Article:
4. The world of software has many examples. For instance, when I last had my screen locker on, a few minutes ago, it displayed an annoying message about being out-of-date. This results from a conflict between the maker of the program (xscreensaver) and my Linux distribution (Gentoo; but I first encountered this issue as a Debian user)—the one wants updates to go over “upstream”, and has added an artificial check; the other over “downstream”, where updates can take place in a controlled and standardized manner, with checks for intra-distribution compatibility of various package and library versions. Here both are trying to thwart the choice made by the other.*

    *Who is in the right is open for debate, but I would side with the distribution when the software has been installed through the distribution (e.g. per emerge or apt-get), as opposed to a manual download/compile/install. This annoying message was the reason that I moved to another screen locker under Debian, and it might be time to repeat the process under Gentoo.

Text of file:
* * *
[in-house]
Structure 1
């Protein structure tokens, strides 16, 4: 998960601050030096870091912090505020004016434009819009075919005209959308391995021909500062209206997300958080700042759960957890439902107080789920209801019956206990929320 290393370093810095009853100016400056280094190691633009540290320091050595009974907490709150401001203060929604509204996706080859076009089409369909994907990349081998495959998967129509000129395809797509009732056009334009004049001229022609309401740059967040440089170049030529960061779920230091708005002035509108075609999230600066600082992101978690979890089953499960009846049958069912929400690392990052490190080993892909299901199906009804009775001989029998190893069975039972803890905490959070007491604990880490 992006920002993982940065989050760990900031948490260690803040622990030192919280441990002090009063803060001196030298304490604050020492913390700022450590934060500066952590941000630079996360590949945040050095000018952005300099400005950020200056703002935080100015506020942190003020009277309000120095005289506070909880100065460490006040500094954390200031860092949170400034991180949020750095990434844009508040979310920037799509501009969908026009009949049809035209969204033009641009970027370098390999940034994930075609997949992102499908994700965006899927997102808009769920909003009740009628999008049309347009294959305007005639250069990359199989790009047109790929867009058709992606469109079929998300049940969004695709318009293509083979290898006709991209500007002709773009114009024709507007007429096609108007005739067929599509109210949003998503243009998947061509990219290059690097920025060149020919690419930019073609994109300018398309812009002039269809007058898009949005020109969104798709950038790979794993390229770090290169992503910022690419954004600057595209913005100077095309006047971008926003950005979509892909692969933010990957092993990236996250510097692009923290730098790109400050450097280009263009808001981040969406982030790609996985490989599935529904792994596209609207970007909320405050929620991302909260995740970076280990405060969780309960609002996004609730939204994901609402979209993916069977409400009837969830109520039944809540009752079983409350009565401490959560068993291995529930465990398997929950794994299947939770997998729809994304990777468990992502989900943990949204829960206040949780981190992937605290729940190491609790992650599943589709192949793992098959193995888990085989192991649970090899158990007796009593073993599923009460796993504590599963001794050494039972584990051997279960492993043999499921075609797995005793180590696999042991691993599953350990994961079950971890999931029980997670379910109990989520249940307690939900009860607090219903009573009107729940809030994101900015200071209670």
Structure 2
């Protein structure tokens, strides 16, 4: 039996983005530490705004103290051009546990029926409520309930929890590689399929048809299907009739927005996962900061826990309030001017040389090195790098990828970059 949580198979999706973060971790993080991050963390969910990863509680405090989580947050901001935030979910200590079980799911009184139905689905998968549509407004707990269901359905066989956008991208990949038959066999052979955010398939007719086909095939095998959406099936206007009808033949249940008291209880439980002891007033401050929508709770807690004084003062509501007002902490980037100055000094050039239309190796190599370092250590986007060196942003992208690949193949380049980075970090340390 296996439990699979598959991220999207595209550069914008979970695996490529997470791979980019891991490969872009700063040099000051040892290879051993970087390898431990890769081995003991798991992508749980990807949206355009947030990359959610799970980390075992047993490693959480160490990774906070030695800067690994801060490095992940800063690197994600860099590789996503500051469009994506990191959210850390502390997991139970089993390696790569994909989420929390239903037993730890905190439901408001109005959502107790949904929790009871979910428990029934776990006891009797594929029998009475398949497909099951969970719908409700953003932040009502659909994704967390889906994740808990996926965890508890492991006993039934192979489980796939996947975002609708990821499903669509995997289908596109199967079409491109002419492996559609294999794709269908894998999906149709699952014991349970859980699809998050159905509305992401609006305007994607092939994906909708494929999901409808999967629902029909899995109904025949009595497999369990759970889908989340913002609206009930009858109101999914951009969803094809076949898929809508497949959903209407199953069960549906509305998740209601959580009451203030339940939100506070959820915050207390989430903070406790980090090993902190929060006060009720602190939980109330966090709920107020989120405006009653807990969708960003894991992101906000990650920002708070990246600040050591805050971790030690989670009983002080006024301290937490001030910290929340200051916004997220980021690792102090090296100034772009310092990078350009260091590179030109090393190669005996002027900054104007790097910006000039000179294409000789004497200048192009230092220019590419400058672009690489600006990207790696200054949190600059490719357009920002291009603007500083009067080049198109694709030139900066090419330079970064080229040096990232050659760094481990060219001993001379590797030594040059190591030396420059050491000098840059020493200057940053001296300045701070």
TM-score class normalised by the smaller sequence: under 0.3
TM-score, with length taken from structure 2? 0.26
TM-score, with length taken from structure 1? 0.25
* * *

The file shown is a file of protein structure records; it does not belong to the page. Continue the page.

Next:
A highly annoying case occurred when I travelled with a business notebook using Windows, provided by my then employer. I had deliberately put the sound on “mute” to avoid any negative surprises, overly loud noises, whatnot—including that I would only activate the sound at the right time* when watching a DVD in the evening. However, the pre-installed DVD player automatically and with no query unmuted the notebook as soon as it began playing—inexcusable.**/***

    *I.e. after any and all menus, trailers, and other annoyances.